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King's Quest Chapter 1: A Knight to Remember review

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King's Quest
  • King's Quest
  • King's Quest
  • King's Quest
  • King's Quest
  • King's Quest
  • King's Quest

Summary

Our Score:

8

Pros

  • A good story told with wit and heart
  • Engaging puzzles
  • Impressive cartoon graphics and animation
  • More choice than in your average adventure game

Cons

  • Frustrating action sequences
  • Can be difficult to navigate the world

Available on Xbox 360, Xbox One (reviewed), PS3, PS4, PC

Though widely lauded as a classic adventure series, King’s Quest doesn’t seem to evoke the same warm feelings as, say, the Monkey Island games or Grim Fandango – or not here in the UK, at least. That might change with Sierra’s revival of the series. Whether you played and loved King’s Quest in its eighties/nineties heyday, or whether you’re coming to it for the first time, this first chapter – A Knight to Remember – is a treat.

Each chapter promises a new tale from the life of King Graham, told by the ageing king to his impetuous young granddaughter, Gwendolyn, in a style that will remind anyone who’s seen or read it of The Princess Bride. The combination of impressively responsive in-game narration and voicework from the legendary Christopher Lloyd works wonders here, delivering a storybook atmosphere that is warm, funny and bursting with heart.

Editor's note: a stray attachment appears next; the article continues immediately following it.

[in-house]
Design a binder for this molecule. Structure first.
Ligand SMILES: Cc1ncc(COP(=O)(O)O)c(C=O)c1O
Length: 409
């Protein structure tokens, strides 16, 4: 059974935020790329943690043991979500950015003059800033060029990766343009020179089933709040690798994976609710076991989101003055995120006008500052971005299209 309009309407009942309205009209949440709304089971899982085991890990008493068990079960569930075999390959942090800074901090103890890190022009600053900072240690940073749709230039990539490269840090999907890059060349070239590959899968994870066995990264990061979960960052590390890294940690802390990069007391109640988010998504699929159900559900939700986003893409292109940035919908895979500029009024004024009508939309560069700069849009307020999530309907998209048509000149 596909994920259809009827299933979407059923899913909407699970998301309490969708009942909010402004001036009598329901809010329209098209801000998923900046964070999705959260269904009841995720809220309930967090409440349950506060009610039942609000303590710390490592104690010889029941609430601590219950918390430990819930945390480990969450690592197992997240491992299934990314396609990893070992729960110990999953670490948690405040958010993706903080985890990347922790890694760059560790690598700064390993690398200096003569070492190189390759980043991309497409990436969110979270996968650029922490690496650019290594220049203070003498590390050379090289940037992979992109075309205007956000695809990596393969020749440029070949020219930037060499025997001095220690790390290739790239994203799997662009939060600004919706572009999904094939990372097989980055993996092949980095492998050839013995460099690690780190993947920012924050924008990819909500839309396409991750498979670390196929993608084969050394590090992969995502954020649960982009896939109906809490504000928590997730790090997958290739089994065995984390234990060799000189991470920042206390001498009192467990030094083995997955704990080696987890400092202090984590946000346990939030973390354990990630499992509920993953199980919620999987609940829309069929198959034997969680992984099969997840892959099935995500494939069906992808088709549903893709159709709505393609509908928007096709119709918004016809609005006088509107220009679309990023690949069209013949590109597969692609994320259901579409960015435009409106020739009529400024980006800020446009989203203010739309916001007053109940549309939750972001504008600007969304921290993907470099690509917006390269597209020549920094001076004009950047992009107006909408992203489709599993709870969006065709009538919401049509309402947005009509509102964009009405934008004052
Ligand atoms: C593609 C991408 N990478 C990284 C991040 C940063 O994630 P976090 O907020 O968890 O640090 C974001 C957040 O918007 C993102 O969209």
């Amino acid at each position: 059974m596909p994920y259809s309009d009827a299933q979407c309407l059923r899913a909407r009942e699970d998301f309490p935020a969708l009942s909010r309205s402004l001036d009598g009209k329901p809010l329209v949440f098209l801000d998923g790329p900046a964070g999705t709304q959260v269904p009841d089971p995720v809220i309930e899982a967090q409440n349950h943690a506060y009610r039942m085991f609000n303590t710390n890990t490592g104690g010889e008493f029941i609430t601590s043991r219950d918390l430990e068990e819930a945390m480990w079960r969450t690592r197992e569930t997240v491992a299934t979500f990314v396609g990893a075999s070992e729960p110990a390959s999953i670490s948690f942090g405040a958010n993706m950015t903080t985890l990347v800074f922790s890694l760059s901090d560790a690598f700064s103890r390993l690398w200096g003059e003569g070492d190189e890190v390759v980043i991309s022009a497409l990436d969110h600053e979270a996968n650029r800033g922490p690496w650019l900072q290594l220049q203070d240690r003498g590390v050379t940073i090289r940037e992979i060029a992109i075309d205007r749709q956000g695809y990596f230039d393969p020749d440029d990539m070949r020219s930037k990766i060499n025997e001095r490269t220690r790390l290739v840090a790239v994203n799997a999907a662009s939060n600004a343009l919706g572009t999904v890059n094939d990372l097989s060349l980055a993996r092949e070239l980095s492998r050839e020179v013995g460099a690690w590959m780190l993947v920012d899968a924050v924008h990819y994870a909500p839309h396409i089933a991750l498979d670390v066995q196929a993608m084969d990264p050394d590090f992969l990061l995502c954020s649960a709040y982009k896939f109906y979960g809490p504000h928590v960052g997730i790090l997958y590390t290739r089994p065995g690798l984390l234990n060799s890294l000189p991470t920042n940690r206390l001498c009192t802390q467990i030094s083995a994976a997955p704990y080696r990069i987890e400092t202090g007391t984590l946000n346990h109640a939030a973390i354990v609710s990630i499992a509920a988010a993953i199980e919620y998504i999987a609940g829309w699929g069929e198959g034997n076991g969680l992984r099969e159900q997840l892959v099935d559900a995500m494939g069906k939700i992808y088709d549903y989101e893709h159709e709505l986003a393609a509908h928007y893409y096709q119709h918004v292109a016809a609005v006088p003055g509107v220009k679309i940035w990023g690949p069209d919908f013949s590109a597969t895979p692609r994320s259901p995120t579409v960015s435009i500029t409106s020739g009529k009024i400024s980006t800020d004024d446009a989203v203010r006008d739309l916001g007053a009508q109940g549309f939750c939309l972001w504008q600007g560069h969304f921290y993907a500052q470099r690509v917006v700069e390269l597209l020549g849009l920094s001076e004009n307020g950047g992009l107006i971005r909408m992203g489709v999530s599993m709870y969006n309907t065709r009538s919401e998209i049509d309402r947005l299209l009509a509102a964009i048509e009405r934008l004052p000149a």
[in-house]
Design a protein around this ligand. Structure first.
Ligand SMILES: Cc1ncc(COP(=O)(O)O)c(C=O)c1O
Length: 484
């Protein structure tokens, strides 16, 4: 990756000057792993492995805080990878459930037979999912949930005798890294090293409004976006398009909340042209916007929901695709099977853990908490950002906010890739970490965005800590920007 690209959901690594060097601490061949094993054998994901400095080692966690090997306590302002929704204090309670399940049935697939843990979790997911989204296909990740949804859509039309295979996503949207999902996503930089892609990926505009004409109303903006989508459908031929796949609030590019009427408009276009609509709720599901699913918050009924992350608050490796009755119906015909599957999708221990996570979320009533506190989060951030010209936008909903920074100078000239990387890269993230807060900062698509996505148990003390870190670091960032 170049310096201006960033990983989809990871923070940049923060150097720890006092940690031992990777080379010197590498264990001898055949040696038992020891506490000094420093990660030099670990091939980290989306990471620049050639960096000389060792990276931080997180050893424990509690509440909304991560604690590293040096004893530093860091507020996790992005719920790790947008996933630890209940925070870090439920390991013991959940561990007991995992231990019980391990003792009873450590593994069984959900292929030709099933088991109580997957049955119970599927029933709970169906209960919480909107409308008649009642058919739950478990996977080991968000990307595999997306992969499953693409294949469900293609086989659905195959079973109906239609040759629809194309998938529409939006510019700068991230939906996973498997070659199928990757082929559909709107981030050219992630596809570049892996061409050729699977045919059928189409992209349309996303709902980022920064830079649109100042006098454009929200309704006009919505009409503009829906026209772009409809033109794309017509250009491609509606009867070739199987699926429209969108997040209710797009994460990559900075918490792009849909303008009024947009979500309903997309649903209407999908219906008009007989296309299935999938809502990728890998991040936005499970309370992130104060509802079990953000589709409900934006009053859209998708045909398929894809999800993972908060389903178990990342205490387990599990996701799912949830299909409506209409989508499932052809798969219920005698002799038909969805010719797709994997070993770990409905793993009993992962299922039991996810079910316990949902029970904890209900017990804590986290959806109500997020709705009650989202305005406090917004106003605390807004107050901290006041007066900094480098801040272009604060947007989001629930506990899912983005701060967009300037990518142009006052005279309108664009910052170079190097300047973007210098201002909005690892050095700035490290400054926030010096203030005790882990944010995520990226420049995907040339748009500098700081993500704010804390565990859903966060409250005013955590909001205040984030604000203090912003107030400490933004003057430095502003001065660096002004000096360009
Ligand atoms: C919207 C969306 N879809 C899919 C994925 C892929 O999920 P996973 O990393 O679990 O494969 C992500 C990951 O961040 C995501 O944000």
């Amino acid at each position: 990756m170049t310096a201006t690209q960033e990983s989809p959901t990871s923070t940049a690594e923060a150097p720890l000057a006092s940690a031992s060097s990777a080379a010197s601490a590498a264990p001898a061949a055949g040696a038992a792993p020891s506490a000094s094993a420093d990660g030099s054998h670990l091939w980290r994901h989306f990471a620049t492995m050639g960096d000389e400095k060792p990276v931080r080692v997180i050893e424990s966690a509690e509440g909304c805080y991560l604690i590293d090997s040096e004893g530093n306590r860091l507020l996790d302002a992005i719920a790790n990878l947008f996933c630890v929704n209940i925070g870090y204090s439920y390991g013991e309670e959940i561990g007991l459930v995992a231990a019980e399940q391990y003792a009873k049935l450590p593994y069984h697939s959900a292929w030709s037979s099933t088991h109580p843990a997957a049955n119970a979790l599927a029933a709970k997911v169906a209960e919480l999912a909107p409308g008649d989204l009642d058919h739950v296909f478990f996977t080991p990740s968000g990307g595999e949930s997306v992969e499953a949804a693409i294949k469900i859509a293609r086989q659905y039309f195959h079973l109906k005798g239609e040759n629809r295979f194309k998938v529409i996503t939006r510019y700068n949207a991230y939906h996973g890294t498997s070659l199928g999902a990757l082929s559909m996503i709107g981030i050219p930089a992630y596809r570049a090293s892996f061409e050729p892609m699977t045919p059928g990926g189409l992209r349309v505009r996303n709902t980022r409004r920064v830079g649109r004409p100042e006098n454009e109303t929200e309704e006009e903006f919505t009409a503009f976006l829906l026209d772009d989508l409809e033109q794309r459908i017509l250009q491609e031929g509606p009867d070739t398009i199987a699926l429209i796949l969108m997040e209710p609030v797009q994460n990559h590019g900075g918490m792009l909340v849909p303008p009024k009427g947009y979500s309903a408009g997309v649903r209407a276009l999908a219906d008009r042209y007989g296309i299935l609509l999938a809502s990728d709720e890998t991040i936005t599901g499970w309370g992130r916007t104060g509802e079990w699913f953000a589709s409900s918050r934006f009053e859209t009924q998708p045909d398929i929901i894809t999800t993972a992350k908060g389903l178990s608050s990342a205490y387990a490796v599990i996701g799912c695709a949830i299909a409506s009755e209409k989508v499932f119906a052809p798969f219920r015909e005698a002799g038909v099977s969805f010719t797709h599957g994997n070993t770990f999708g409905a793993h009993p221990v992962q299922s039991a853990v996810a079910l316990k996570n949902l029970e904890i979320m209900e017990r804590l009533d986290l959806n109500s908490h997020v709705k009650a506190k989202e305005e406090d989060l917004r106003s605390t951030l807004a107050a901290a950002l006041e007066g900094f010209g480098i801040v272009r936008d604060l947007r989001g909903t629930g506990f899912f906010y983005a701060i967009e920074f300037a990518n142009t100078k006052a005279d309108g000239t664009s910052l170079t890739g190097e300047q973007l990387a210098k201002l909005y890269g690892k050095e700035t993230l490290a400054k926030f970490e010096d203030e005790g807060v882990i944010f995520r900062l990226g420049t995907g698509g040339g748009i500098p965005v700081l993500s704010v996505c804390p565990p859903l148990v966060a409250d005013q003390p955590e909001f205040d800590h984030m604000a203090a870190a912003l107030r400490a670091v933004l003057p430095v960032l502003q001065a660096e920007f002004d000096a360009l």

King's Quest

Even this wouldn’t matter, were the script not smart and witty and the gameplay so satisfying and well-balanced. It’s not that A Knight to Remember subverts any tropes: the hapless hero who wins out through luck and a good heart is, if anything, a cliché, while you’ll have seen many of the scenarios before. Yet, this new King’s Quest seems to wring new life out of even the more hackneyed elements, while dishing out characters – vain knights, dodgy dwarf traders, tough-talking blacksmiths, officious guards – with real colour and personality. This is an easy game to love.

This first chapter sees our hero – a young, would-be Sir Graham – entering a knightly tournaments and tackling angry dragons, though not necessarily in that order. The game’s willingness to present the story out of sequence goes deeper than at first you might suspect. What starts out as a linear adventure turns out to be a more open style of game.

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King's Quest

You might not think so from the first section, which tosses you the standard series of puzzles before hitting you with a choice straight from the Telltale school of interactive drama – one which we’re told will resonate later on. The tale is well-told and the puzzles entertaining. The interface, designed for console with intuitive controls for inventor, dialogue and interactions, is practically transparent. Yet the linear style and the addition of quick-time event action sequences doesn’t exactly build confidence that the spirit of King’s Quest has been preserved.